If you’ve been to the dentist lately, you might have experienced your dentist or hygienist poking your gums in the spaces between your teeth and recording measurements after each poke. All of that prodding was your dentist’s way of checking for periodontal disease.
Dentists and dental hygienists use a probe, which is essentially a tiny ruler, to check the depth of the pockets between your teeth. If the pockets are too deep, you might have periodontal disease.
Before we talk about whether or not periodontal disease can be reversed, let’s cover some of the basics about what periodontal disease is, what causes it, and what its stages look like.
What is Periodontal Disease?
Periodontal disease is a serious infection in the gums, the tissue holding your teeth in place. This disease can eventually affect your jawbone if not caught and treated, can lead to tooth and bone loss, and is even considered a risk factor for heart and lung disease.
Though certain behaviors can increase the risk of developing periodontal disease, anyone can be affected by periodontal disease, regardless of age or sex.
What Causes Periodontal Disease?
As with most dental issues, periodontal disease usually occurs from a lack of dental hygiene. If you have been skipping your regular brushing and flossing, the bacteria in your mouth may have formed plaque that has been able to build up on your teeth and harden.
This buildup of plaque, once hardened, becomes tartar, which is impossible to clean on your own. Only a professional cleaning will get rid of tartar, which attacks the tissue holding your teeth in place (your gums).
Other than a lack of dental hygiene, smoking is a leading cause of gum disease, as is diabetes and other diseases, as well as certain medications that lessen the flow of saliva. Some people also have a genetic predisposition to periodontal disease.
What are the Stages of Periodontal Disease?
To understand the level of treatment you might expect for periodontal disease and whether or not it can be reversed, you first have to know in which stage of periodontal disease your gums might be.
Gingivitis is the earliest stage of periodontal disease and the only stage that is reversible. Since this stage has yet to affect the bones, it is mostly painless and can be treated.
The signs of gingivitis include bleeding while brushing and flossing, occasional bad breath, and redness and swelling of the gums.
If you notice any of these signs, you should schedule a professional dental cleaning so your dental hygienist can remove any tartar from your gums and teeth, and your dentist can make sure you’re getting the support you need to keep your gums healthy.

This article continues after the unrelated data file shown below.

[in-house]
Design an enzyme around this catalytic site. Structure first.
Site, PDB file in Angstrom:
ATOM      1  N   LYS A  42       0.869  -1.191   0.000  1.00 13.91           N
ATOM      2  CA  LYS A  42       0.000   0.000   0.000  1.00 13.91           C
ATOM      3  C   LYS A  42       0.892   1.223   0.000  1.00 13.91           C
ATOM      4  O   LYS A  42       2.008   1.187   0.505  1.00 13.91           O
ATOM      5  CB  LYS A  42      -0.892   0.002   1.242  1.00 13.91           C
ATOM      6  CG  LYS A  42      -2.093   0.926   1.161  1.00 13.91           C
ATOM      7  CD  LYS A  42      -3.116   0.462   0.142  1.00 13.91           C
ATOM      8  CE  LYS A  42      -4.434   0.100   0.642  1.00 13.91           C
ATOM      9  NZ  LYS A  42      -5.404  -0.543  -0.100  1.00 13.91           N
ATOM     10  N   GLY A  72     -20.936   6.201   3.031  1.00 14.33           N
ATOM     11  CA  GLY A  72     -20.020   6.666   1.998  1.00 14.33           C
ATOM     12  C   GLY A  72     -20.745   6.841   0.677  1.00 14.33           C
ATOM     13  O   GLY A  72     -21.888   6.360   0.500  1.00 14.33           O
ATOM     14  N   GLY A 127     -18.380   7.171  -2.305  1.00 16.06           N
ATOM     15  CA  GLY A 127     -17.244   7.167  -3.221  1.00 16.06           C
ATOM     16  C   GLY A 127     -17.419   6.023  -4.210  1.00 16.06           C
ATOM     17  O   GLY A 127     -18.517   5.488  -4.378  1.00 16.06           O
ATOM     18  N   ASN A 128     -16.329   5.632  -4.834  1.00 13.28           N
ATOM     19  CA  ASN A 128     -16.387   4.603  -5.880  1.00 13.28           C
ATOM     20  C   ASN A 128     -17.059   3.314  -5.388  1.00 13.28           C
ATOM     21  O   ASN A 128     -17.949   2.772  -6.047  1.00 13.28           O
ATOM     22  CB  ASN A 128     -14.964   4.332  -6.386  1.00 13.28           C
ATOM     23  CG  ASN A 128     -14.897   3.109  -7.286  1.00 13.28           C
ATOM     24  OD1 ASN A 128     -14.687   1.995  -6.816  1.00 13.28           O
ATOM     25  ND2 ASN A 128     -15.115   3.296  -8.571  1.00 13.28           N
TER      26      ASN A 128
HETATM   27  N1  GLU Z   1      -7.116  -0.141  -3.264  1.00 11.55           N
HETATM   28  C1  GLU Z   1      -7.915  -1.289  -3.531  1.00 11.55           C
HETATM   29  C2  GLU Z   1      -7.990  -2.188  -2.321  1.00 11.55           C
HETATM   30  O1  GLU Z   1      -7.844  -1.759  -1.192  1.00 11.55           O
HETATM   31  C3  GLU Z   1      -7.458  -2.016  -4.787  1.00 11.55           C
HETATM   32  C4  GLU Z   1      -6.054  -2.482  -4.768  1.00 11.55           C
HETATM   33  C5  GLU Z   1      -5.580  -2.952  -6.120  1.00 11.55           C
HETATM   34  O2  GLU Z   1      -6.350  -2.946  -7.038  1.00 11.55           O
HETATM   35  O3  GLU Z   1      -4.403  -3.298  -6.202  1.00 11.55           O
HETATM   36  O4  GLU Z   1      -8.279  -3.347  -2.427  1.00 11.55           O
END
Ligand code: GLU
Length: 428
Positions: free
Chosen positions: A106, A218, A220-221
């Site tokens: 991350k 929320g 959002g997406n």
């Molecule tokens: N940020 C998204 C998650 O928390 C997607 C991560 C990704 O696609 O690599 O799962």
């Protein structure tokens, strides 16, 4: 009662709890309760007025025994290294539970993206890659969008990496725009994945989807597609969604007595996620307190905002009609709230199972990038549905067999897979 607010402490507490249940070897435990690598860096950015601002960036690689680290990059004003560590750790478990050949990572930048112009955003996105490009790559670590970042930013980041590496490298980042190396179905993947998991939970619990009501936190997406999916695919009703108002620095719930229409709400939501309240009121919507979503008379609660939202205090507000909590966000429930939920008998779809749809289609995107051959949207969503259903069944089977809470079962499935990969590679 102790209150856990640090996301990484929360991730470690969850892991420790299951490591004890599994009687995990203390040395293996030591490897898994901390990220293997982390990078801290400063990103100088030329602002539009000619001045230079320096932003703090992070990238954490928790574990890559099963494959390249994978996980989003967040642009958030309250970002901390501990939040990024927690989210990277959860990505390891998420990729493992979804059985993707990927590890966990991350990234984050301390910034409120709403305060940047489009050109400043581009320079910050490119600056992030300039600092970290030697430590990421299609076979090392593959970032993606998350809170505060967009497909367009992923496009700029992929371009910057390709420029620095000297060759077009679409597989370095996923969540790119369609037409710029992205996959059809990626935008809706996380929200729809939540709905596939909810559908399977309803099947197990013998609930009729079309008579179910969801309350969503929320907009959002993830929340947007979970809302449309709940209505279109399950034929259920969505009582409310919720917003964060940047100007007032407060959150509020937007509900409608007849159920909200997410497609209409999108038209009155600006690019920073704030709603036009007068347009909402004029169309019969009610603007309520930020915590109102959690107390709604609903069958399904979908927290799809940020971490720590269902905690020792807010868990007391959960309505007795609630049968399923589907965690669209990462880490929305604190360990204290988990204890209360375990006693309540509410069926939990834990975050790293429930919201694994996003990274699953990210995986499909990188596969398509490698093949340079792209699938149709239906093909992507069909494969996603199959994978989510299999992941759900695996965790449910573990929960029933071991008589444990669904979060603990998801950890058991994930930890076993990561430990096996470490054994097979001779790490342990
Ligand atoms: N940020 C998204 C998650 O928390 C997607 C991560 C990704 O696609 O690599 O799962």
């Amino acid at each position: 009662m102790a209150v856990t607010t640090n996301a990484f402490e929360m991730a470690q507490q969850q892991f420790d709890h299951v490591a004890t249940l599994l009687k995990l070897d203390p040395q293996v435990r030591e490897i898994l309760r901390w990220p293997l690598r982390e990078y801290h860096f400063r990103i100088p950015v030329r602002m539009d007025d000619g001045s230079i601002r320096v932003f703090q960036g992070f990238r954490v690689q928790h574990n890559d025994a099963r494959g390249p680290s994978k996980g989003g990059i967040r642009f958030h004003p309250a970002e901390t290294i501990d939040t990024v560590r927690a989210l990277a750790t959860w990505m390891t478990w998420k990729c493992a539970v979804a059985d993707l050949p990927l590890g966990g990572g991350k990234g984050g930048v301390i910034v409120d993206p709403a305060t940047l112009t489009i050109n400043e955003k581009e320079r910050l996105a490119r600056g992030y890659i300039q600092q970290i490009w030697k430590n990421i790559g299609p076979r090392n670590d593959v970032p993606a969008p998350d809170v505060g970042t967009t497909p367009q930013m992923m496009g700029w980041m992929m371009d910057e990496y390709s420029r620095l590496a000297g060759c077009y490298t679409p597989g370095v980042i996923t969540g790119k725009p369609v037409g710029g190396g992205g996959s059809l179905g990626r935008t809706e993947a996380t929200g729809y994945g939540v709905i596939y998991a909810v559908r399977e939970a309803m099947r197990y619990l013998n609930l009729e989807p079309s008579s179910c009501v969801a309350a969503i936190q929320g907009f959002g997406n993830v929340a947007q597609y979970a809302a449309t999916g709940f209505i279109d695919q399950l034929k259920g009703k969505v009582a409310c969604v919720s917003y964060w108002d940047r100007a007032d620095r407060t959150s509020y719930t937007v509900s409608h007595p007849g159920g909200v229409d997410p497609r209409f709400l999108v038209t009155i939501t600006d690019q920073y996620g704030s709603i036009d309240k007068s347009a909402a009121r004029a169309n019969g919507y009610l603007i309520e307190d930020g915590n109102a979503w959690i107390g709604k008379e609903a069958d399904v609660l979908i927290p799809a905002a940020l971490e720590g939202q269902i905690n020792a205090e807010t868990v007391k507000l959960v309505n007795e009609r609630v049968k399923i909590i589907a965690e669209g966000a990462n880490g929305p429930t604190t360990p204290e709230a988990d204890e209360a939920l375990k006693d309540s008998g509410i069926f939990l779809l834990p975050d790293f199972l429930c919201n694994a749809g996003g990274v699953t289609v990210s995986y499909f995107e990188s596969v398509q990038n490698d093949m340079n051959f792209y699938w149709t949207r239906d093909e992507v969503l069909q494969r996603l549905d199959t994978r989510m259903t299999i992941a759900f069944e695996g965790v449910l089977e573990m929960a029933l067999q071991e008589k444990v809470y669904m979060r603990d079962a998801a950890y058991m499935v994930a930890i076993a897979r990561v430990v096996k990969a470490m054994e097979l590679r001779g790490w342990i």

Catching gum disease at this early stage can help you prevent it getting to any of the later stages. At this point, it is possible to reverse the damage and treat your symptoms.
Slight Periodontal Disease
The second stage of periodontal disease is not reversible, but you can manage it with help from your dentist. At this stage, you’ll notice swelling and redness of the gums, bleeding while brushing and flossing, bad breath, and deep pockets between your teeth at about 4 or 5 millimeters deep.
At this stage, the gum disease has already begun to attack the bone, so regular dental hygiene will not be enough to reverse the damage.
Moderate Periodontal Disease
The third stage, moderate periodontal disease, is also irreversible and must be treated with deep cleaning procedures known as scaling and root planing.
At this stage, bacteria has started attacking the bone and could even get into the immune system and bloodstream.
Probing depths are even deeper at this stage, measuring 6 to 7 millimeters. If left untreated, this stage of periodontal disease can lead to increased bleeding, gum sensitivity, tooth and bone loss, and the shifting of teeth.
Advanced Periodontal Disease
The fourth and most advanced stage of periodontal disease can lead to much more serious health problems if left untreated.
Along with possible gaps between teeth, tooth and bone loss, and other problems in the mouth, advanced periodontal disease can lead to other overall health problems and is a risk factor for heart and lung disease.
At this stage, periodontal disease will most likely require periodontal surgery or laser therapy to clean the deep pockets between the gums.
So…Can Periodontal Disease Be Reversed?
Though gingivitis, the earliest signs of gum disease, can be reversed with dental treatment and proper at-home dental hygiene, once gum disease gets to the level of periodontal disease, it cannot be reversed.
If you have periodontal disease, all your dentist can do is treat it to try and control the infection. Your dentist may ask you to change some behaviors, like quitting smoking and consistently maintaining proper dental hygiene habits.
Advanced periodontal disease may require surgery and more advanced cleaning procedures to manage the infection. If left untreated, it can lead to serious health problems, not to mention tooth and bone loss and possibly the need for dentures.
So, make sure you maintain healthy dental hygiene habits and visit your dentist’s office regularly for professional cleanings. As long as you maintain this level of dental care, you should be able to catch the earliest signs of gingivitis before it gets to the irreversible stage of periodontal disease.Leave a reply →